salamander
Bill Bouton

If we can’t get through to Republicans, at least we have one slimy little crawler* that’s helping to mitigate climate change. A new study indicates that woodland salamanders help keep carbon out of the atmosphere, thanks to their diet of insects that feed on dead leaves.

Here’s how it works: Salamanders eat mostly “shredding invertebrates,” bugs that survive by ripping leaves to pieces and eating them. Shredding the leaves releases their carbon into the atmosphere — but when there are fewer shredding invertebrates, leaves stay on the ground and decompose, with their carbon eventually being absorbed safely into the soil. By eating the shredders, salamanders help carbon be directed into the ground and not into the air.

Scientists from the U.S. Forest Service and the College of the Redwoods investigated this phenomenon by setting up a series of enclosures, some with salamanders and some without, says the New York Times:

The presence of salamanders resulted in a significant decrease in shredders: fly and beetle larvae, adult beetles and springtails. In the plots with no salamanders there were more shredders, and they consumed about 13 percent more of the leaf litter. Almost half of that lost weight was carbon, released into the atmosphere.

These enclosures were only 16 square feet, so it remains to be seen whether this effect persists when you’re looking at a whole forest. But if it does, the tiny salamander is actually doing a lot to help the climate:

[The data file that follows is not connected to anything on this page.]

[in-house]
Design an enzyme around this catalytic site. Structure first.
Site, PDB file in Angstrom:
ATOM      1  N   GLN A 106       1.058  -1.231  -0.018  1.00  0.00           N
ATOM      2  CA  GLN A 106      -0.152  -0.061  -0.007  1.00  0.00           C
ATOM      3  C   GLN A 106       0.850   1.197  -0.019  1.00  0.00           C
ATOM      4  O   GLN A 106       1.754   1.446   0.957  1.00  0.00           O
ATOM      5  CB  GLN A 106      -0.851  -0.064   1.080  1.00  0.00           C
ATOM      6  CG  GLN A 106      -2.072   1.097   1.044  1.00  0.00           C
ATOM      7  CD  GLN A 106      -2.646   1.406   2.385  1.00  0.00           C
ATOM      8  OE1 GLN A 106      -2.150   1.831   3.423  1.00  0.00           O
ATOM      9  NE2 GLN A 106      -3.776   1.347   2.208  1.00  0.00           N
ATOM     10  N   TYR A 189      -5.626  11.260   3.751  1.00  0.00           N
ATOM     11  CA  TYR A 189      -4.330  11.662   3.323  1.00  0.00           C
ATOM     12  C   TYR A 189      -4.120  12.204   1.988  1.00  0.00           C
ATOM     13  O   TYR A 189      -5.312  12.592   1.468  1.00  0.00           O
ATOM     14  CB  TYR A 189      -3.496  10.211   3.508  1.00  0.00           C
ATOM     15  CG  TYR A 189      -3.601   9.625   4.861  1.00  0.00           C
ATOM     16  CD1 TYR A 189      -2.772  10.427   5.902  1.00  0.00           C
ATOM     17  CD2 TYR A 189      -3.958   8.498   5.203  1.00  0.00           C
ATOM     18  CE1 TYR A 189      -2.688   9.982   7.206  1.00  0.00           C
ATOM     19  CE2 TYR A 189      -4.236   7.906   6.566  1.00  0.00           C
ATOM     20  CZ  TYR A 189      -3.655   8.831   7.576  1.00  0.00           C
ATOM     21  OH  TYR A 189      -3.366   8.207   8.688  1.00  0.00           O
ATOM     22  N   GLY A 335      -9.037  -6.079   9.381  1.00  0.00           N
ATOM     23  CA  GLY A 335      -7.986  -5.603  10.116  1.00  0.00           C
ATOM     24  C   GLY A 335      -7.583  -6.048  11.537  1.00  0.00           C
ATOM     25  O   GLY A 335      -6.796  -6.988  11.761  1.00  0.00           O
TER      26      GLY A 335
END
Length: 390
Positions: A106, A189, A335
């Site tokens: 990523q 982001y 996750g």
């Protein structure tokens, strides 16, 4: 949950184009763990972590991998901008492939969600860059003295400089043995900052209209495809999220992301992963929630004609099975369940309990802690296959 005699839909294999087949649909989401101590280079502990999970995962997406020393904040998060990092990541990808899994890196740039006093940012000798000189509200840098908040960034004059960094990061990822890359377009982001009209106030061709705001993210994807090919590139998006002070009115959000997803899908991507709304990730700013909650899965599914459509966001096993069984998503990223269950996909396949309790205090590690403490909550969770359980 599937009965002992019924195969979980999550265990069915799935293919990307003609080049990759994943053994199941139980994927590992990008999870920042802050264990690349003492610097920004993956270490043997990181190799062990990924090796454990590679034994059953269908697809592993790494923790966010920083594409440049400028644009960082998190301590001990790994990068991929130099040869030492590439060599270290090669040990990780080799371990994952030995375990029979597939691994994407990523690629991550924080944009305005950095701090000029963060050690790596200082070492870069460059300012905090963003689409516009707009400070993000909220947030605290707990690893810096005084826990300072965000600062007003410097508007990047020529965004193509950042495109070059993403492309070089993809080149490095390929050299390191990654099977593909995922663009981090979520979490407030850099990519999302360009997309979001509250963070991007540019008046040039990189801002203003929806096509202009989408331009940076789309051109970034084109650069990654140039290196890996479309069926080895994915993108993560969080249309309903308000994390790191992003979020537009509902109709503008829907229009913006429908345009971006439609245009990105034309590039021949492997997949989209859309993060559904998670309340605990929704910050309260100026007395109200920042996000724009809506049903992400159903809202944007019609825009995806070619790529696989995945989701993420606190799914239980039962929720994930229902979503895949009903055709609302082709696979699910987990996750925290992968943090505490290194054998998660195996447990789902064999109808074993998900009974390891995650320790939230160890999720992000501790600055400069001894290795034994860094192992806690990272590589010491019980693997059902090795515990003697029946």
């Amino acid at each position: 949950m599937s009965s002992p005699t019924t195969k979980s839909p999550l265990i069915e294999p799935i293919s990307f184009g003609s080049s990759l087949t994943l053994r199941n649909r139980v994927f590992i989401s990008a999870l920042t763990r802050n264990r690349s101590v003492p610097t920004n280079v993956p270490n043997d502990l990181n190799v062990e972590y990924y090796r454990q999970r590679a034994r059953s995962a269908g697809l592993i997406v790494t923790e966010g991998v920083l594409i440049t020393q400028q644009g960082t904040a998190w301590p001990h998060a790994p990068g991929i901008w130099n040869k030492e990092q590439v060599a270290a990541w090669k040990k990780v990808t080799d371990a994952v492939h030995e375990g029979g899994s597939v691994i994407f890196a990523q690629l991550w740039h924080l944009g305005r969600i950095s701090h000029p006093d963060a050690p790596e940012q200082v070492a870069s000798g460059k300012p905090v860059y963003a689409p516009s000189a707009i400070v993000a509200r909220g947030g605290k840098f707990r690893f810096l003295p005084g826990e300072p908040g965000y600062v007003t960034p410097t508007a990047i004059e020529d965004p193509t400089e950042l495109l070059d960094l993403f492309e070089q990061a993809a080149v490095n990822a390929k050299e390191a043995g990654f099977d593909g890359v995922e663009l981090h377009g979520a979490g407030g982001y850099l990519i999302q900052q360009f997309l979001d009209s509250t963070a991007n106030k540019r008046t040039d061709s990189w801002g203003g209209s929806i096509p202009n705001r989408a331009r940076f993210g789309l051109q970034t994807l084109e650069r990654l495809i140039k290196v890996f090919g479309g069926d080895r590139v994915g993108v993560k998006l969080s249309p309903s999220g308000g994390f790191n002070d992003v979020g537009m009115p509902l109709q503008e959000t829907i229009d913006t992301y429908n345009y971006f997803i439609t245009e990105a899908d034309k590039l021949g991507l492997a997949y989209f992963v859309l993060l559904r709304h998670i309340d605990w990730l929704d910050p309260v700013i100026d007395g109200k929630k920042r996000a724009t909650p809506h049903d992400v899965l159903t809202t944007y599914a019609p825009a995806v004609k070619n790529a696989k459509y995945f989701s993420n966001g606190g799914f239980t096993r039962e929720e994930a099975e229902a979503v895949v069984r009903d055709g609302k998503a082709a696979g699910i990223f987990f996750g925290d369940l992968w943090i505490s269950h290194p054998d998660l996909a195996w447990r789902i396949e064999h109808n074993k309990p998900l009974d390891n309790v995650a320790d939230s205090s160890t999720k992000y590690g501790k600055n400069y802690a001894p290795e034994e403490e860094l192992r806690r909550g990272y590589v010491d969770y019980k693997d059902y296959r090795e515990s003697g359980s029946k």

The authors calculate that woodland salamanders at the density in their study would send 179 pounds of carbon per acre of forest down into the soil, rather than up into the atmosphere. Extrapolated to the huge numbers of woodland salamanders and other predators working in the leaf litter of forests around the world, that is enough to affect global climate.

It’s not going to have a major effect like, say, unhitching ourselves from the oil economy — especially since scientists still disagree on details (like whether the reduction in shredders would still have an effect in dry conditions, when it’s harder for the soil to absorb carbon). But it’s a nice illustration of how important it is to preserve the food chain and protect even the tiniest creatures.

Now let’s set up a cow vs. salamander death match, for the fate of the planet!

Correction: It has been pointed out to the author that salamanders aren’t reptiles, they’re amphibians, which SHE TOTALLY KNEW. Whoops. Climate-denying Republicans, however, remain reptiles.